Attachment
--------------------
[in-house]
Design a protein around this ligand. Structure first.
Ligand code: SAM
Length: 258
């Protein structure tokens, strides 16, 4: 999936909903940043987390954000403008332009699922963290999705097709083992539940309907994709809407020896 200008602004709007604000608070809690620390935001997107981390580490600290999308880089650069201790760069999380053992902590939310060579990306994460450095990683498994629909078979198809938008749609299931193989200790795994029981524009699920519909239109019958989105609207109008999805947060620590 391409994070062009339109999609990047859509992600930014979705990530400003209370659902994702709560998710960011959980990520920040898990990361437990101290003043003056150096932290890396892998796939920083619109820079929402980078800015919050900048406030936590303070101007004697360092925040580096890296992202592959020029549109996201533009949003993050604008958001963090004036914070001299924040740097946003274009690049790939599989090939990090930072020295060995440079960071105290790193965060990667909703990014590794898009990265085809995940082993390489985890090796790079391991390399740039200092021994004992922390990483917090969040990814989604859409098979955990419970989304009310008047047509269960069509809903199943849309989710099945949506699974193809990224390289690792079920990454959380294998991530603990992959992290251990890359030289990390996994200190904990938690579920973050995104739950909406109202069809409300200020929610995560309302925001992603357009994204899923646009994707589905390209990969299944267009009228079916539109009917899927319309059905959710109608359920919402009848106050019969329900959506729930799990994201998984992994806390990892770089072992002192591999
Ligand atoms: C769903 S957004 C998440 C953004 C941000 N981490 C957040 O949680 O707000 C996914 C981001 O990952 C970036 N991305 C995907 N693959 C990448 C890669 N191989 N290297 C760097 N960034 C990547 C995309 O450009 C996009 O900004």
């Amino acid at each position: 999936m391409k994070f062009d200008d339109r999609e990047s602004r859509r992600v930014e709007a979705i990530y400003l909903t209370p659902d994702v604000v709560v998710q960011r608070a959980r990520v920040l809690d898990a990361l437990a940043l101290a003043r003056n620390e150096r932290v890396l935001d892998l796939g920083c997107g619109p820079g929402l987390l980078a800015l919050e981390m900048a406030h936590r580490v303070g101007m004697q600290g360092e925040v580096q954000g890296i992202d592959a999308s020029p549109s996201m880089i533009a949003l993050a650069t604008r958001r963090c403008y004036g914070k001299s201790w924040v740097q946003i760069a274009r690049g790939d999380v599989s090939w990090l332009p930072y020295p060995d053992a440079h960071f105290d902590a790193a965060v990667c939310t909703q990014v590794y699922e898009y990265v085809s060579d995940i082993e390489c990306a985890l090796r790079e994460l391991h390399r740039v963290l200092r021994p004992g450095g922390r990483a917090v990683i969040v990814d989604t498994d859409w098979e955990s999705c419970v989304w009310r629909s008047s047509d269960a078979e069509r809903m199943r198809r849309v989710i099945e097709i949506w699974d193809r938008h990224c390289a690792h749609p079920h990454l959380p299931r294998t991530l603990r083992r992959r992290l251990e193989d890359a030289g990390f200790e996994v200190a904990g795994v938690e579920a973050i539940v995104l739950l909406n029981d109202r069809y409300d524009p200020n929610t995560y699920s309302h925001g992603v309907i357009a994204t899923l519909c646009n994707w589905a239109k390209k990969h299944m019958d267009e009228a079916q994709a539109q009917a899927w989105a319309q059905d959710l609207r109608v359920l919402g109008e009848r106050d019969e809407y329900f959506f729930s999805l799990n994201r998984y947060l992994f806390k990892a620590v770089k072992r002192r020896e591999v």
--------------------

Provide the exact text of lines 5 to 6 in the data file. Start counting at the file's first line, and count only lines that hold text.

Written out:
């Protein structure tokens, strides 16, 4: 999936909903940043987390954000403008332009699922963290999705097709083992539940309907994709809407020896 200008602004709007604000608070809690620390935001997107981390580490600290999308880089650069201790760069999380053992902590939310060579990306994460450095990683498994629909078979198809938008749609299931193989200790795994029981524009699920519909239109019958989105609207109008999805947060620590 391409994070062009339109999609990047859509992600930014979705990530400003209370659902994702709560998710960011959980990520920040898990990361437990101290003043003056150096932290890396892998796939920083619109820079929402980078800015919050900048406030936590303070101007004697360092925040580096890296992202592959020029549109996201533009949003993050604008958001963090004036914070001299924040740097946003274009690049790939599989090939990090930072020295060995440079960071105290790193965060990667909703990014590794898009990265085809995940082993390489985890090796790079391991390399740039200092021994004992922390990483917090969040990814989604859409098979955990419970989304009310008047047509269960069509809903199943849309989710099945949506699974193809990224390289690792079920990454959380294998991530603990992959992290251990890359030289990390996994200190904990938690579920973050995104739950909406109202069809409300200020929610995560309302925001992603357009994204899923646009994707589905390209990969299944267009009228079916539109009917899927319309059905959710109608359920919402009848106050019969329900959506729930799990994201998984992994806390990892770089072992002192591999
Ligand atoms: C769903 S957004 C998440 C953004 C941000 N981490 C957040 O949680 O707000 C996914 C981001 O990952 C970036 N991305 C995907 N693959 C990448 C890669 N191989 N290297 C760097 N960034 C990547 C995309 O450009 C996009 O900004």